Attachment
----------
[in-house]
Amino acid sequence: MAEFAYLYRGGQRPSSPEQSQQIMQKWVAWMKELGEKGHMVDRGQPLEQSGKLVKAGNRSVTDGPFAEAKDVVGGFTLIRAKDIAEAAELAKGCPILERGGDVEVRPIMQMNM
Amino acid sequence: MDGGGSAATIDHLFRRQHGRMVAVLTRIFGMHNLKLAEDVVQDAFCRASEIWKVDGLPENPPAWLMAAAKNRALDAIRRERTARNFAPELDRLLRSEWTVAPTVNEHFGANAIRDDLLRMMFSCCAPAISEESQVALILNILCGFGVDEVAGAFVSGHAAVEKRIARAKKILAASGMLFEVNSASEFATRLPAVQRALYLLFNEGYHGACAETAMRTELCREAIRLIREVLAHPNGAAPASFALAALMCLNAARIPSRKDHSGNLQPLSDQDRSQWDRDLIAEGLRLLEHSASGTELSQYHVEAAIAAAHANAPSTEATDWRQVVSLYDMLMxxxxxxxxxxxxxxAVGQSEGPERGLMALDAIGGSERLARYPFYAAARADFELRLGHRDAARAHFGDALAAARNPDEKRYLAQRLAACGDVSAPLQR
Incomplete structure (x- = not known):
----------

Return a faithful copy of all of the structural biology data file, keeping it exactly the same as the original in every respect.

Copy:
[in-house]
Amino acid sequence: MAEFAYLYRGGQRPSSPEQSQQIMQKWVAWMKELGEKGHMVDRGQPLEQSGKLVKAGNRSVTDGPFAEAKDVVGGFTLIRAKDIAEAAELAKGCPILERGGDVEVRPIMQMNM
Amino acid sequence: MDGGGSAATIDHLFRRQHGRMVAVLTRIFGMHNLKLAEDVVQDAFCRASEIWKVDGLPENPPAWLMAAAKNRALDAIRRERTARNFAPELDRLLRSEWTVAPTVNEHFGANAIRDDLLRMMFSCCAPAISEESQVALILNILCGFGVDEVAGAFVSGHAAVEKRIARAKKILAASGMLFEVNSASEFATRLPAVQRALYLLFNEGYHGACAETAMRTELCREAIRLIREVLAHPNGAAPASFALAALMCLNAARIPSRKDHSGNLQPLSDQDRSQWDRDLIAEGLRLLEHSASGTELSQYHVEAAIAAAHANAPSTEATDWRQVVSLYDMLMxxxxxxxxxxxxxxAVGQSEGPERGLMALDAIGGSERLARYPFYAAARADFELRLGHRDAARAHFGDALAAARNPDEKRYLAQRLAACGDVSAPLQR
Incomplete structure (x- = not known):